Lord's Day Liturgy

On Being Blameless

The Bible speaks in a way that allows for us to call a man “blameless.” See Job, Noah, Daniel, along with the existence of the general category. That said, the Bible also tells us that even our righteous deeds are like filthy rags, and prior to our glorification we still need regular cleansing.

Elders in particular must be “above reproach,” the same idea as without blame, but we know no one is “perfect.” How are we supposed to fit these things together?

One part of wisdom is to see patterns, to look at the video rather than a still shot. It’s not exactly the same as just a “high percentage” of righteousness, with say a minority 5% of time spent in adultery. Weightier sins such as adultery or murder (or David who did both) take away a blameless status immediately even if that was one night in twenty years. Yet when a “blameless” man sins, even though it’s not a theological surprise, based on his usual practice it’s not what we were expecting.

Another part of wisdom is to see a pattern of humble and honest repentance. He should not be quick tempered, but when he does get angry, how quick is he to confess it? Impatience is not a virtue no matter how big his vision, but does he repent when his self-will steamrolls the group?

In John 3 Jesus teaches that “everyone who does wicked things hates the light and does not come to the light lest his deeds should be exposed.” What is the opposite? It’s not “everyone who does righteous things.” Rather, “whoever does what is true comes to the light.” This reveals that when he did good it was by God’s help, and it reveals when He did not do good that he believes in Jesus for forgiveness and eternal life.

Walk before God (and men) in godliness and blamelessness.

Lord's Day Liturgy

Godly Communion

Let us not get tired of remembering “our Savior.”

Habakkuk said, “yet I will rejoice in the LORD; I will take joy in the God of my salvation” (3:18). And now that we’ve moved into one of the pastoral epistles, I’m glad to point out that Paul uses “our Savior” nine times (five in Titus) in what add up to 13 chapters. (Jude is the only other one to use the exact phrase in the NT, verse 25).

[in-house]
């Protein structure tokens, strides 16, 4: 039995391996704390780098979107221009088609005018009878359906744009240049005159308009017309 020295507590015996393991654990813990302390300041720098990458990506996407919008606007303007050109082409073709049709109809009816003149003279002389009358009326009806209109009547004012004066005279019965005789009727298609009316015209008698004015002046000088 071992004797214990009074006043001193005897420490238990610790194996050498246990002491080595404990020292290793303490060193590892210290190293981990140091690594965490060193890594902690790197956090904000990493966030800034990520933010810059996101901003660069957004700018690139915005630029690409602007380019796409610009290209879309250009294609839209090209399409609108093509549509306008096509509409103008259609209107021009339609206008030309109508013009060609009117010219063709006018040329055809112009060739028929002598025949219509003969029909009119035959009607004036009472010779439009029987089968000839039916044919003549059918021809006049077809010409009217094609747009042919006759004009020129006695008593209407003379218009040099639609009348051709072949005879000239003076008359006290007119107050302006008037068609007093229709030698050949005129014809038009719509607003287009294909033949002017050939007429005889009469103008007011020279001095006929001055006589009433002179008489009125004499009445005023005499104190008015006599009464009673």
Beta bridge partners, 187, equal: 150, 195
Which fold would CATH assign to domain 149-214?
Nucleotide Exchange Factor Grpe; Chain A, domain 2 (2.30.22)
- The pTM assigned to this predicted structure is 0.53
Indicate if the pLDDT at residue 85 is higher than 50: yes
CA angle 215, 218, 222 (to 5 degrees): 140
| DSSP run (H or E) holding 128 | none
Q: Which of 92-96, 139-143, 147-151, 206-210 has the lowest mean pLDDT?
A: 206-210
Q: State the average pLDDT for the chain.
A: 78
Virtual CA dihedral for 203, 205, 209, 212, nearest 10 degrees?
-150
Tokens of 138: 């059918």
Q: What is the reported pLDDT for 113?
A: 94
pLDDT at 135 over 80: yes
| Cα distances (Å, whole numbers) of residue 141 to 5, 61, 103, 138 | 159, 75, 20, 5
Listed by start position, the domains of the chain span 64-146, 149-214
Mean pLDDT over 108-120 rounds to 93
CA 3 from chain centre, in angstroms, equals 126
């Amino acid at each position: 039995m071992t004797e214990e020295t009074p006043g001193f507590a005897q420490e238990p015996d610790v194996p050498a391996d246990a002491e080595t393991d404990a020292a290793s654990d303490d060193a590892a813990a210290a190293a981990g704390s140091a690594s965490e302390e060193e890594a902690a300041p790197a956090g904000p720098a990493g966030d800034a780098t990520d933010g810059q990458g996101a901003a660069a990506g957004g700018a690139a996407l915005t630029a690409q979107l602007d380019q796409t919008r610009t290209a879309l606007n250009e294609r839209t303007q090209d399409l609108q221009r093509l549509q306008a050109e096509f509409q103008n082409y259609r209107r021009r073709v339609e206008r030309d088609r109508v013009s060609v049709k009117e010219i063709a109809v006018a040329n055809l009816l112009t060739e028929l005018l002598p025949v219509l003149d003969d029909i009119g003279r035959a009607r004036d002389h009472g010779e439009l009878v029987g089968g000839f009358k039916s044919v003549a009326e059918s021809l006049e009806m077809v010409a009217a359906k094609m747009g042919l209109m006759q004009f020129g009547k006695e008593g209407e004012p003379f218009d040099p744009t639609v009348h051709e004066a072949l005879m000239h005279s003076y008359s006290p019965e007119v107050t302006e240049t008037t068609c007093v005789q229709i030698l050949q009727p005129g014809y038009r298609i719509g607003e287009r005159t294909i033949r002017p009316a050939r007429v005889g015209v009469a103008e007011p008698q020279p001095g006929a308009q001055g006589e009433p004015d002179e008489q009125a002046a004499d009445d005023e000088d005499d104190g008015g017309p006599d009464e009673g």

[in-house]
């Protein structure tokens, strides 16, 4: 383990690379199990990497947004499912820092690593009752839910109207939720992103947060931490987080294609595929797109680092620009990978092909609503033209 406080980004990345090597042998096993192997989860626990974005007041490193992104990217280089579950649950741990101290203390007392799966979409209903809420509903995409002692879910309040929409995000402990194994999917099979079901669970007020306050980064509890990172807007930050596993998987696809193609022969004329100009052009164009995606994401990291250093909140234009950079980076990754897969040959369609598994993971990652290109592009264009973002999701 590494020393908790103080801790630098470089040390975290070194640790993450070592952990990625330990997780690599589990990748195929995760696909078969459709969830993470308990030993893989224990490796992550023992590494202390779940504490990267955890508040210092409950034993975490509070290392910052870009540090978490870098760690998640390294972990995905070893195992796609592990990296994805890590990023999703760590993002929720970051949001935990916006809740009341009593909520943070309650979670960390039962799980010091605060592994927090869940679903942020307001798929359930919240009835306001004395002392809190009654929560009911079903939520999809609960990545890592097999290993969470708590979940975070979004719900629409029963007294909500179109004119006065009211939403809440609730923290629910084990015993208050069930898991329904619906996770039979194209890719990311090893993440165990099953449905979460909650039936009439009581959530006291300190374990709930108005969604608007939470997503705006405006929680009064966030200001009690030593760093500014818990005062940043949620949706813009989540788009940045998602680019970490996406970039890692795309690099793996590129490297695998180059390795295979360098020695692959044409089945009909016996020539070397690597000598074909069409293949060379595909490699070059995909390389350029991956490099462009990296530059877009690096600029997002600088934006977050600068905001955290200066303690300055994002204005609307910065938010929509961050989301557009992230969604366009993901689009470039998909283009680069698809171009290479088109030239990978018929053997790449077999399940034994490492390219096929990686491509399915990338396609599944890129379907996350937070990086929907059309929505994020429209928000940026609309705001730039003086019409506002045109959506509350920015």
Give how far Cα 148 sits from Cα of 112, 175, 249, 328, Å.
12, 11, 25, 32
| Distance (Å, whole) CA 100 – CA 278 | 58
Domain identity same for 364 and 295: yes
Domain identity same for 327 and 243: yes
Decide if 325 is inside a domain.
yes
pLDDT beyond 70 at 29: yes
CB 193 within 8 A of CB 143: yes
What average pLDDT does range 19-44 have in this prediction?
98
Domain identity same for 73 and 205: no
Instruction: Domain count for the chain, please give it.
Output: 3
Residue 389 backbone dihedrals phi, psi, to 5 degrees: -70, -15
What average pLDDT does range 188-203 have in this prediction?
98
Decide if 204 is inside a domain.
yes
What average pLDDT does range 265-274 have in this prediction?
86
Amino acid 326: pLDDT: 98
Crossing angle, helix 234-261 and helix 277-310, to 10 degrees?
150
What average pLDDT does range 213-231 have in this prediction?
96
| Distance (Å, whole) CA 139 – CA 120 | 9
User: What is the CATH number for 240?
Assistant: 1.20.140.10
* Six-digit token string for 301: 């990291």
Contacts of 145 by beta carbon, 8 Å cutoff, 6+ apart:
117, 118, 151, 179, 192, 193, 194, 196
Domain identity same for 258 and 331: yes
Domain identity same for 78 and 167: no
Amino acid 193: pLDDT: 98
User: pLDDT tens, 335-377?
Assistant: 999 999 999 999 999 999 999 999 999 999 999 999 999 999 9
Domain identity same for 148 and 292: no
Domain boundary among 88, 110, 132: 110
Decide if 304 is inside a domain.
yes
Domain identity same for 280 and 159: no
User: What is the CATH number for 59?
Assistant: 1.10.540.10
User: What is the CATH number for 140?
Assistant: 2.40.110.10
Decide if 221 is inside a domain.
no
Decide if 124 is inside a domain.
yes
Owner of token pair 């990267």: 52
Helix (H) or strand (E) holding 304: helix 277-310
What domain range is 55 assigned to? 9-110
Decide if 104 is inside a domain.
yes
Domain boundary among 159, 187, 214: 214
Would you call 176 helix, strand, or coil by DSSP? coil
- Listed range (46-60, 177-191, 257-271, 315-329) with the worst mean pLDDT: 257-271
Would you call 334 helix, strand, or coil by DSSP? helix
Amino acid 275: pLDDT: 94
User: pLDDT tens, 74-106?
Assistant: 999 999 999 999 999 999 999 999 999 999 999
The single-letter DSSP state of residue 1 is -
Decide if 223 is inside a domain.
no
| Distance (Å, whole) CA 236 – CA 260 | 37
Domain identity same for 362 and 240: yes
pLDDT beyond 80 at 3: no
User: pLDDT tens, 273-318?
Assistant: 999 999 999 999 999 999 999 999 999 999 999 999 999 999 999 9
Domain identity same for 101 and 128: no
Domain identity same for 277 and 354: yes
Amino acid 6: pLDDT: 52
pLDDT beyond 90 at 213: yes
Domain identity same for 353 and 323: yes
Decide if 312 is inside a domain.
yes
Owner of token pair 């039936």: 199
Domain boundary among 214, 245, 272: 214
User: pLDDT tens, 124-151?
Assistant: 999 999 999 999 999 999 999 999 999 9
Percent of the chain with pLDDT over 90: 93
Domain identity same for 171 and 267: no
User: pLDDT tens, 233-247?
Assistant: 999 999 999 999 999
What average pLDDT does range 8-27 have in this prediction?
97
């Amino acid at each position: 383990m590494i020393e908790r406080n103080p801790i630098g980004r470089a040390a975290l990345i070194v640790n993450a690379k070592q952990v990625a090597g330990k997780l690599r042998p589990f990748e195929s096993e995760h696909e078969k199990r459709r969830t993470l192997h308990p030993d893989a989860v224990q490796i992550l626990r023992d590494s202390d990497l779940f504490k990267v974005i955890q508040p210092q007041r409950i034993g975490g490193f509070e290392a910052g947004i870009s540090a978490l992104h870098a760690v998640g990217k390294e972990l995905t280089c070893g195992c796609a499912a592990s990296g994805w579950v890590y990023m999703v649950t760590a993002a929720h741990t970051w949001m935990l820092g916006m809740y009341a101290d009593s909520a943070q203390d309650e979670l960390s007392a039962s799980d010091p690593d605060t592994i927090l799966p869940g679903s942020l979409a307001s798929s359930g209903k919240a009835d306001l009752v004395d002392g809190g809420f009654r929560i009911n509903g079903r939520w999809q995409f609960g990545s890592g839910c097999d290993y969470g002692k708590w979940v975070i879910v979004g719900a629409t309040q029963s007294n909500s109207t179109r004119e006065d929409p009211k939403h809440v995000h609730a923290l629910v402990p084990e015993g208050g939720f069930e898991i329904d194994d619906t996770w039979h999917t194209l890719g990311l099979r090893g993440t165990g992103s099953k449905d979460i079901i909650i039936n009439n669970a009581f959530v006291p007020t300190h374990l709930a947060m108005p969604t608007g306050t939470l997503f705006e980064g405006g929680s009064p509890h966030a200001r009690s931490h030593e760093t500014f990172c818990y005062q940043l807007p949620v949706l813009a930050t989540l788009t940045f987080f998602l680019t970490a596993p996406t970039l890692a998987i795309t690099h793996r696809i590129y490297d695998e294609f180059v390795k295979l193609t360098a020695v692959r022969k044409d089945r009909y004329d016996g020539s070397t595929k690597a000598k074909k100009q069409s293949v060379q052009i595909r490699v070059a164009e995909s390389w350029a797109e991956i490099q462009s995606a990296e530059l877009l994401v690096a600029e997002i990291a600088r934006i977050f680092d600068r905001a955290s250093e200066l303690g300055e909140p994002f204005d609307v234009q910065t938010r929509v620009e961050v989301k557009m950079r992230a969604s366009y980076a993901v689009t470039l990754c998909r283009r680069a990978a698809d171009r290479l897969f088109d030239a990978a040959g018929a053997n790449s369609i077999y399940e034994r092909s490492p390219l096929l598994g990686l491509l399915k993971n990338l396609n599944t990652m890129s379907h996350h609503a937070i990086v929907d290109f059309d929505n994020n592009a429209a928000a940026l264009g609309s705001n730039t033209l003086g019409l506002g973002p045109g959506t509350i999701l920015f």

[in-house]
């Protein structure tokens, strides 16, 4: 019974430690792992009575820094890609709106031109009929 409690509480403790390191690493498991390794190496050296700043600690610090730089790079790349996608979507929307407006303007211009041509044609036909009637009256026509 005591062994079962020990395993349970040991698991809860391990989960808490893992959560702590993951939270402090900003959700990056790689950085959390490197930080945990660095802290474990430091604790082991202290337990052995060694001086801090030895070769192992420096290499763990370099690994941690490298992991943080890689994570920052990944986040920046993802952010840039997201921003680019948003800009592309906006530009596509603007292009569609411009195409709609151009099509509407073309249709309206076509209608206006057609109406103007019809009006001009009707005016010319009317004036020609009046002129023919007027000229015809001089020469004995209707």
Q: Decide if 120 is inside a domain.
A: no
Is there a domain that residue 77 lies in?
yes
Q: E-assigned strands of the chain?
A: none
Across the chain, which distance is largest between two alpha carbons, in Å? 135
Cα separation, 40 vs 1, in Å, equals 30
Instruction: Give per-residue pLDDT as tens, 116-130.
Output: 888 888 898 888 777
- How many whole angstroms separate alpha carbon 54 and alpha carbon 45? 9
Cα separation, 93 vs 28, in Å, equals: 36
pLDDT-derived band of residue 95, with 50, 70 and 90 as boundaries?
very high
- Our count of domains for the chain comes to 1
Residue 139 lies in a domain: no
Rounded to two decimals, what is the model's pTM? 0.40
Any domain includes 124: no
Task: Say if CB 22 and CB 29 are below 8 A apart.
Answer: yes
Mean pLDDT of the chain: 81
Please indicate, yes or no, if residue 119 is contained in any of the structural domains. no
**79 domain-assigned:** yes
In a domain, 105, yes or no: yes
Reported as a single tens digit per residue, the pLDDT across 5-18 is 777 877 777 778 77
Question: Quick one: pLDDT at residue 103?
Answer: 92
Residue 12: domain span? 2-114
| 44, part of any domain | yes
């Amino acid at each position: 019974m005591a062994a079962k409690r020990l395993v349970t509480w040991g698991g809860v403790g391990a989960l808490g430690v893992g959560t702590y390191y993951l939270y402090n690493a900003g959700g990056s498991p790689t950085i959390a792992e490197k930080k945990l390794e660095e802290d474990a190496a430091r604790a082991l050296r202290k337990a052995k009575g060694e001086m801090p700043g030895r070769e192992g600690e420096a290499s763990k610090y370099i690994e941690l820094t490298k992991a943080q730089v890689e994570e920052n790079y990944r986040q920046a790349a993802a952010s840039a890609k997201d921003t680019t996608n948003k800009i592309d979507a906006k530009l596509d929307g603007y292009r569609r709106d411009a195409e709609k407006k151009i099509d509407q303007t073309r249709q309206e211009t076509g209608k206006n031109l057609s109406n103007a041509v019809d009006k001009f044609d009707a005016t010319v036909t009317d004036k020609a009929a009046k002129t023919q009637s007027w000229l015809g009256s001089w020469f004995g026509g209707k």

For we ourselves were once foolish, disobedient, led astray, slaves to various passions and pleasures, passing our days in malice and envy, hated by others and hating one another. But when the goodness and loving kindness of God our Savior appeared, he saved us, not because of works done by us in righteousness, but according to his own mercy, by the washing of regeneration and renewal of the Holy Spirit, whom he poured out on us richly through Jesus Christ our Savior, so that being justified by his grace we might become heirs according to the hope of eternal life. (Titus 3:3–7 ESV)

As in Titus 1:3 and 4, both God–Father and Jesus Christ are called “our Savior.”

And of course we ask, “Savior from what?” The answer is sin. We know it required the sacrifice of God’ Son. But especially as we come to the Lord’s Table we remember and rejoice in the Redeemer, the one who reconciled us to God.

How do the godly observe communion? They are humbled by their eternal election, they are humbled at the cost Christ paid, and then they get after high praises of God in their throats (see Psalm 149:6).

Lord's Day Liturgy

Be Careful Little Thumbs

In the last exhortation I urged you to consider what you consume, especially as relates to digital soulcrap. Today I exhort you to consider what you share, as well as for parents in particular to pay attention to what your offspring share.

Solomon gave timeless wisdom that applies to all modern social timelines:

Even a fool who keeps silent is considered wise,
when he closes his lips, he is deemed intelligent.

Proverbs 17:28